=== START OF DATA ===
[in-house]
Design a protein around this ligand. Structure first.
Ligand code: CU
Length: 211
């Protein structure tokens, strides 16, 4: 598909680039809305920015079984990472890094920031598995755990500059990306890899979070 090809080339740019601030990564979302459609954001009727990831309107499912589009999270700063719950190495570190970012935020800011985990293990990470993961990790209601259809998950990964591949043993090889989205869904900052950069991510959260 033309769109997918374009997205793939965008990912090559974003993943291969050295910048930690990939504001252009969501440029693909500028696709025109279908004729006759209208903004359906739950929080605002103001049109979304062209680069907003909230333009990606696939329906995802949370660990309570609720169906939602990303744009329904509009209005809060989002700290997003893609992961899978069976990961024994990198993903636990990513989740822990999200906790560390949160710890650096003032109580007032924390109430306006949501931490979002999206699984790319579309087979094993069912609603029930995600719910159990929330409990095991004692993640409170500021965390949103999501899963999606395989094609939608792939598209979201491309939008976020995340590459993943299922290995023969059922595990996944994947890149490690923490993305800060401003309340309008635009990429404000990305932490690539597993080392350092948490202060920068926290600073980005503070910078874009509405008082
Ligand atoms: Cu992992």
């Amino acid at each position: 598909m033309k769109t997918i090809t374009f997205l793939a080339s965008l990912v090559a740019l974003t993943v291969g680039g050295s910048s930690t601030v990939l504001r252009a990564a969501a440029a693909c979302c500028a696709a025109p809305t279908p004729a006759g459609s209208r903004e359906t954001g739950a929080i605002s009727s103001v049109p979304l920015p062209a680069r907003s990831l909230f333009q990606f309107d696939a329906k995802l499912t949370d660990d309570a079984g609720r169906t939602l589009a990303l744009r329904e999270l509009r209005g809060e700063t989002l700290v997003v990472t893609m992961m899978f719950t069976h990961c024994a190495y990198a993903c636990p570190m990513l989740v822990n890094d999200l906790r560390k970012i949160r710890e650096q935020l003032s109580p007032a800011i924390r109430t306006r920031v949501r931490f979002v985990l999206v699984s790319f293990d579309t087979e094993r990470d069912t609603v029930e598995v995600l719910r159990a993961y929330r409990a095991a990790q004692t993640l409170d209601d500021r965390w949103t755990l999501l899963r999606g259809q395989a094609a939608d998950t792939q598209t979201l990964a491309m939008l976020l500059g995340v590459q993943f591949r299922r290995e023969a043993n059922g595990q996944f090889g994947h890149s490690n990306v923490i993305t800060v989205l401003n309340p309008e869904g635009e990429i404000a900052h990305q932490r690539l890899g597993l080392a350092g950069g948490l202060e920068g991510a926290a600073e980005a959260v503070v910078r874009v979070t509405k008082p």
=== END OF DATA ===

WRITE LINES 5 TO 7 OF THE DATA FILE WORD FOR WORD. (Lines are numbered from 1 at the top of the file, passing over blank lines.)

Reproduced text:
């Protein structure tokens, strides 16, 4: 598909680039809305920015079984990472890094920031598995755990500059990306890899979070 090809080339740019601030990564979302459609954001009727990831309107499912589009999270700063719950190495570190970012935020800011985990293990990470993961990790209601259809998950990964591949043993090889989205869904900052950069991510959260 033309769109997918374009997205793939965008990912090559974003993943291969050295910048930690990939504001252009969501440029693909500028696709025109279908004729006759209208903004359906739950929080605002103001049109979304062209680069907003909230333009990606696939329906995802949370660990309570609720169906939602990303744009329904509009209005809060989002700290997003893609992961899978069976990961024994990198993903636990990513989740822990999200906790560390949160710890650096003032109580007032924390109430306006949501931490979002999206699984790319579309087979094993069912609603029930995600719910159990929330409990095991004692993640409170500021965390949103999501899963999606395989094609939608792939598209979201491309939008976020995340590459993943299922290995023969059922595990996944994947890149490690923490993305800060401003309340309008635009990429404000990305932490690539597993080392350092948490202060920068926290600073980005503070910078874009509405008082
Ligand atoms: Cu992992």
């Amino acid at each position: 598909m033309k769109t997918i090809t374009f997205l793939a080339s965008l990912v090559a740019l974003t993943v291969g680039g050295s910048s930690t601030v990939l504001r252009a990564a969501a440029a693909c979302c500028a696709a025109p809305t279908p004729a006759g459609s209208r903004e359906t954001g739950a929080i605002s009727s103001v049109p979304l920015p062209a680069r907003s990831l909230f333009q990606f309107d696939a329906k995802l499912t949370d660990d309570a079984g609720r169906t939602l589009a990303l744009r329904e999270l509009r209005g809060e700063t989002l700290v997003v990472t893609m992961m899978f719950t069976h990961c024994a190495y990198a993903c636990p570190m990513l989740v822990n890094d999200l906790r560390k970012i949160r710890e650096q935020l003032s109580p007032a800011i924390r109430t306006r920031v949501r931490f979002v985990l999206v699984s790319f293990d579309t087979e094993r990470d069912t609603v029930e598995v995600l719910r159990a993961y929330r409990a095991a990790q004692t993640l409170d209601d500021r965390w949103t755990l999501l899963r999606g259809q395989a094609a939608d998950t792939q598209t979201l990964a491309m939008l976020l500059g995340v590459q993943f591949r299922r290995e023969a043993n059922g595990q996944f090889g994947h890149s490690n990306v923490i993305t800060v989205l401003n309340p309008e869904g635009e990429i404000a900052h990305q932490r690539l890899g597993l080392a350092g950069g948490l202060e920068g991510a926290a600073e980005a959260v503070v910078r874009v979070t509405k008082p």